Several months ago, I had the honor of interviewing author, artist, therapist, and friend, Philip Kenney on the release of his new book, The Writer’s Crucible: Meditations on Emotion, Being, and Creativity (Inkwater Press, 2018). Originally, I intended the interview to be a three-part series, but because Phil’s responses are so generous in depth and spirit, asking me to slow my pace as a reader, I felt it best to offer this last of the three interviews (as far as the book is concerned) as a series of meditations.

Though my question focuses on “the artist” as the subject, I paint the word with a broad mirror imagestroke. We are all artists. To be alive and aware, to observe, to feel, to love with brave hearts, to be in awe, is our art. We take experience, internalize it, and create something with it. And if we have listened well enough to the muse, to spirit, God, our higher self, we learn from what the art gives back to us. But we must give ear.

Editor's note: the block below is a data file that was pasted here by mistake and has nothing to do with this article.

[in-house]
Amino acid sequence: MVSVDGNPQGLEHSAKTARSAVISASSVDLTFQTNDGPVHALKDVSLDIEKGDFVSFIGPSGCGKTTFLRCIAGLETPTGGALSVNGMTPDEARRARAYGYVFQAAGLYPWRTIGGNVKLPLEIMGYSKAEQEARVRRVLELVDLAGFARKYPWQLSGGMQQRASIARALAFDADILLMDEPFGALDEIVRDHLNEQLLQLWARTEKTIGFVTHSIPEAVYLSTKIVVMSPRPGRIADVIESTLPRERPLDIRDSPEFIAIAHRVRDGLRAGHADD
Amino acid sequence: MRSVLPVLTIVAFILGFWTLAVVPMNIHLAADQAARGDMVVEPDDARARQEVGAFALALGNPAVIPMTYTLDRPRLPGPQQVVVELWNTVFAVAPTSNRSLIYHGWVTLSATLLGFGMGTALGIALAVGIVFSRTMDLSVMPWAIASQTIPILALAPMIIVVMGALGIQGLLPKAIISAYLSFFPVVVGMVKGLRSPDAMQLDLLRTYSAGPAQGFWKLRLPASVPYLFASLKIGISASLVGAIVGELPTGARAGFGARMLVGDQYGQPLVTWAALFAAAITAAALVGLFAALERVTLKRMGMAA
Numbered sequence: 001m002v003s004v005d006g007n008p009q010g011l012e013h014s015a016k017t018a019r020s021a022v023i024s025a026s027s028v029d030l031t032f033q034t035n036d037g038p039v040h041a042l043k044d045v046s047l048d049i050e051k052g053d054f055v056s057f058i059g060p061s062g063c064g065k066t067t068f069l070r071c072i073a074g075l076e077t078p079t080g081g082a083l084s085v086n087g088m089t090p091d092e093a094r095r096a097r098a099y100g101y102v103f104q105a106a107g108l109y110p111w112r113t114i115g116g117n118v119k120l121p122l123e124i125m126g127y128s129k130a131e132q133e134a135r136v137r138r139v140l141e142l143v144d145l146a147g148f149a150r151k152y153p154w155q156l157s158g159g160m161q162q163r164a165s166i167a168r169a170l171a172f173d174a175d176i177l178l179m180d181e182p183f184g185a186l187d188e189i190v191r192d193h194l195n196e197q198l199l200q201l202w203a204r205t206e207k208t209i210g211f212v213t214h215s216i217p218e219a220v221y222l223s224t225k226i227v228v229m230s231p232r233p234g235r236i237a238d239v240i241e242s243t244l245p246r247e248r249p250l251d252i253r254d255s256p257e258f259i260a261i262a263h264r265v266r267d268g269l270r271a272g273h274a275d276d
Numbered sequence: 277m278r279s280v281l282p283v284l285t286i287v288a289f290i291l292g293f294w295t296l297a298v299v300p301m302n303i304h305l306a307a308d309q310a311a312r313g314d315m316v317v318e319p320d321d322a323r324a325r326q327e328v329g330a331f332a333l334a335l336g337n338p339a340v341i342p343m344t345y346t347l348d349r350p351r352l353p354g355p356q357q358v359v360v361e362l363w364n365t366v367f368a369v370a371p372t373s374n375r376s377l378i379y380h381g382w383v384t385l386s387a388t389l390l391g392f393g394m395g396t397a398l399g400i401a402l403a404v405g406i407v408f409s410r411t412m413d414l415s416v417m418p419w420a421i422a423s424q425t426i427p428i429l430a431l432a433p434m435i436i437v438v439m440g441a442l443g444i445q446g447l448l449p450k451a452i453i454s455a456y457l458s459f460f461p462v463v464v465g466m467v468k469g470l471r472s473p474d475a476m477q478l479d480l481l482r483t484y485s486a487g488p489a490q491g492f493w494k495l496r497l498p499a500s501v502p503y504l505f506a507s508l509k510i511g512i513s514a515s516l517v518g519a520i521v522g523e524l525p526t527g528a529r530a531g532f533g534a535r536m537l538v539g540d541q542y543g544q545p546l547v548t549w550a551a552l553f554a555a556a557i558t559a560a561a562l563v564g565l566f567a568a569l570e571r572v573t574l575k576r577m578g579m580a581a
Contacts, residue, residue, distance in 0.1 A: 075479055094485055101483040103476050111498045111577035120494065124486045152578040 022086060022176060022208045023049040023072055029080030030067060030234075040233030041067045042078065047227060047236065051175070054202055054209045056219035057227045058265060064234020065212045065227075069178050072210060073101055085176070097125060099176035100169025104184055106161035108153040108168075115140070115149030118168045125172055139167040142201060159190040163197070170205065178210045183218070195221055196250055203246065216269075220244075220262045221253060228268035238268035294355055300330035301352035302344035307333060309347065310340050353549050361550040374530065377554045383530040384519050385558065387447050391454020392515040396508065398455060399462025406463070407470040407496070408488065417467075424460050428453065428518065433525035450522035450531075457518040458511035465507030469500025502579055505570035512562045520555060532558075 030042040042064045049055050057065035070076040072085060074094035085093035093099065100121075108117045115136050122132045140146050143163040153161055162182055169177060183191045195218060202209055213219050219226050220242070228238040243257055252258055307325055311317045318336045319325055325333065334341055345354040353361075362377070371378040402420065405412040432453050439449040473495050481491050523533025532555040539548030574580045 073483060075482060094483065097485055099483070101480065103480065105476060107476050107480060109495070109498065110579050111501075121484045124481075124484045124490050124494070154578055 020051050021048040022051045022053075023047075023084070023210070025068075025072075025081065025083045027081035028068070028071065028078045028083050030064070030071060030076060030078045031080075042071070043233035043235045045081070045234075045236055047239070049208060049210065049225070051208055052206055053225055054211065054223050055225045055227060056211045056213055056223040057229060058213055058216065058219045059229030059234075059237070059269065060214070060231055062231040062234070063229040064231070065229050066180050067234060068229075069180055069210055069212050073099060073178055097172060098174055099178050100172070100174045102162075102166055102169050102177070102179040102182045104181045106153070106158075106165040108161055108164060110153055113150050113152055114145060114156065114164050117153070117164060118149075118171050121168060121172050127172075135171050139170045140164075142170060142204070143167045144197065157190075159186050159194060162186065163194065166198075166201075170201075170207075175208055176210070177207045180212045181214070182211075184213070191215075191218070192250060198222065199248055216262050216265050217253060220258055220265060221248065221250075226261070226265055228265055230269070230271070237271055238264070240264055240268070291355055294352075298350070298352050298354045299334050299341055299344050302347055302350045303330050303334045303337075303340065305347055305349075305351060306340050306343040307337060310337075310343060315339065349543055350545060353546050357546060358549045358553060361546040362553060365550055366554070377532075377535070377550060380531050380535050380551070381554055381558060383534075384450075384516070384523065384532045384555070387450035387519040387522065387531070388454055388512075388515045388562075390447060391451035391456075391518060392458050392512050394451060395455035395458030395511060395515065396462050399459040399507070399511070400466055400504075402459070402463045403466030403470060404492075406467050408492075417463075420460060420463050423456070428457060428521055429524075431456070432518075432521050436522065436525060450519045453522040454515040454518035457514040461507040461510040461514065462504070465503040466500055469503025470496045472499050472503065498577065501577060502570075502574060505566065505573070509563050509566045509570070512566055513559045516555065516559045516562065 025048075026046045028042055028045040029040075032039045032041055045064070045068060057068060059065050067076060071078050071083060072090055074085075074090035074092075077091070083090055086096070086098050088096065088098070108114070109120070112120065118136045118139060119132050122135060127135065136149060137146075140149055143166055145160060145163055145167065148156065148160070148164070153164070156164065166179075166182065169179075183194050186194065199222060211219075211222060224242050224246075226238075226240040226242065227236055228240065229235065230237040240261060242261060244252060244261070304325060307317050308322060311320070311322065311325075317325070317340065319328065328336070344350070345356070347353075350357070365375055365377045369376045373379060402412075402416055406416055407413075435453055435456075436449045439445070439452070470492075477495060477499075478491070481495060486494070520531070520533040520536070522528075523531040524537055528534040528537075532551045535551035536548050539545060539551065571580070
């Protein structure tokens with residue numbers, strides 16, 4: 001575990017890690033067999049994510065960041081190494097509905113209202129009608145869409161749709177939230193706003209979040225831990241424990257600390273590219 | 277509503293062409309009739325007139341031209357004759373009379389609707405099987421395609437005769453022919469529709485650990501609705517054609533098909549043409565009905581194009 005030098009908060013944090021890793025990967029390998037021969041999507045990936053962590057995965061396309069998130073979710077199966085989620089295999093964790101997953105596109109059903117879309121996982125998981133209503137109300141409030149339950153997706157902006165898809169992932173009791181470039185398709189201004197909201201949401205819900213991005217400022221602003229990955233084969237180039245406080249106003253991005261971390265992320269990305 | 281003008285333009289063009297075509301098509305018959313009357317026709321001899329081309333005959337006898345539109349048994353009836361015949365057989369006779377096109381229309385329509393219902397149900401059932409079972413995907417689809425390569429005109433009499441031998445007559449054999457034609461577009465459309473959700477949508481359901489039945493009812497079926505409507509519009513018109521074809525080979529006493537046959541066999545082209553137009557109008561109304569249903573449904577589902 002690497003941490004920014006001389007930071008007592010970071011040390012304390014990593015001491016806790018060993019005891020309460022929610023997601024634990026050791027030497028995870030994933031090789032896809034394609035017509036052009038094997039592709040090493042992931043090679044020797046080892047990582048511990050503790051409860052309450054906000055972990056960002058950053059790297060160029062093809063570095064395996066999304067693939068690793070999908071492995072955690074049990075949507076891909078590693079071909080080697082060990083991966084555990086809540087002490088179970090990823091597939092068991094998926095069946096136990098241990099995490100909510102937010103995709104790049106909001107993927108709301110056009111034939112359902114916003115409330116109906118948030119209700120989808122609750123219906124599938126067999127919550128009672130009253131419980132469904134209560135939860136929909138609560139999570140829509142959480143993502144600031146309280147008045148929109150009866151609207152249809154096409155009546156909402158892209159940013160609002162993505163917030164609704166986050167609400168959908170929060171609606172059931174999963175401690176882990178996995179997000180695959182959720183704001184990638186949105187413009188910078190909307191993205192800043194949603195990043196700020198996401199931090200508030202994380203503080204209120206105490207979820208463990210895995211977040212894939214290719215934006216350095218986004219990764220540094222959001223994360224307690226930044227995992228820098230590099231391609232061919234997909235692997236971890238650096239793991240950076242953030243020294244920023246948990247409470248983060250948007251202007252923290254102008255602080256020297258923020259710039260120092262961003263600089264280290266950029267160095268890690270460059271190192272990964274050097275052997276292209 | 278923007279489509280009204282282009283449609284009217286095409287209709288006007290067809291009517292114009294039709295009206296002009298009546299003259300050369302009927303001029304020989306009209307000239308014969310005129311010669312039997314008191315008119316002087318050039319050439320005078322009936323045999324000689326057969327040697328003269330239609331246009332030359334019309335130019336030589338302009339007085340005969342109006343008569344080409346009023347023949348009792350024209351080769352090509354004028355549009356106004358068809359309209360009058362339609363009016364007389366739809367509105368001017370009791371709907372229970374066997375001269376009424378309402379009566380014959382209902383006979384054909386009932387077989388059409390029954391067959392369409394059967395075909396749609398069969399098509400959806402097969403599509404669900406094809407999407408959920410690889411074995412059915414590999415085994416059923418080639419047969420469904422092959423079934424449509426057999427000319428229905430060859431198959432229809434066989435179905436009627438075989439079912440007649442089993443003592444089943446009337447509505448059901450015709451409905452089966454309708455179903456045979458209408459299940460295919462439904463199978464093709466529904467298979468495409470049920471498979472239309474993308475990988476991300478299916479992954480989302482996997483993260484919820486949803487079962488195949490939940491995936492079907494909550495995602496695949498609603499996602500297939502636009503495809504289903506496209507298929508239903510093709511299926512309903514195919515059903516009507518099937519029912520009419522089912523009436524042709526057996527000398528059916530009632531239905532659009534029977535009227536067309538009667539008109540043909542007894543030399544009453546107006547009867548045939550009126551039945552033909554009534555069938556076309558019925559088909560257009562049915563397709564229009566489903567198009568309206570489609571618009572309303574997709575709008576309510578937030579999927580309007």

Links to my previous interviews with Phil: The good enough writer and Befriending the artist within.

In chapter 27,”The Reader,” you write, “Most people come to reading through listening.” Maybe we were lovingly read to as children. Maybe it was, as in your case, a gifted teacher who enacted scenes or characters from books that create this connection, and for many, this life-long love. This idea makes me wonder how artists beyond writers might listen to their art form. And how people in general come to understand through really listening. Care to riff on this?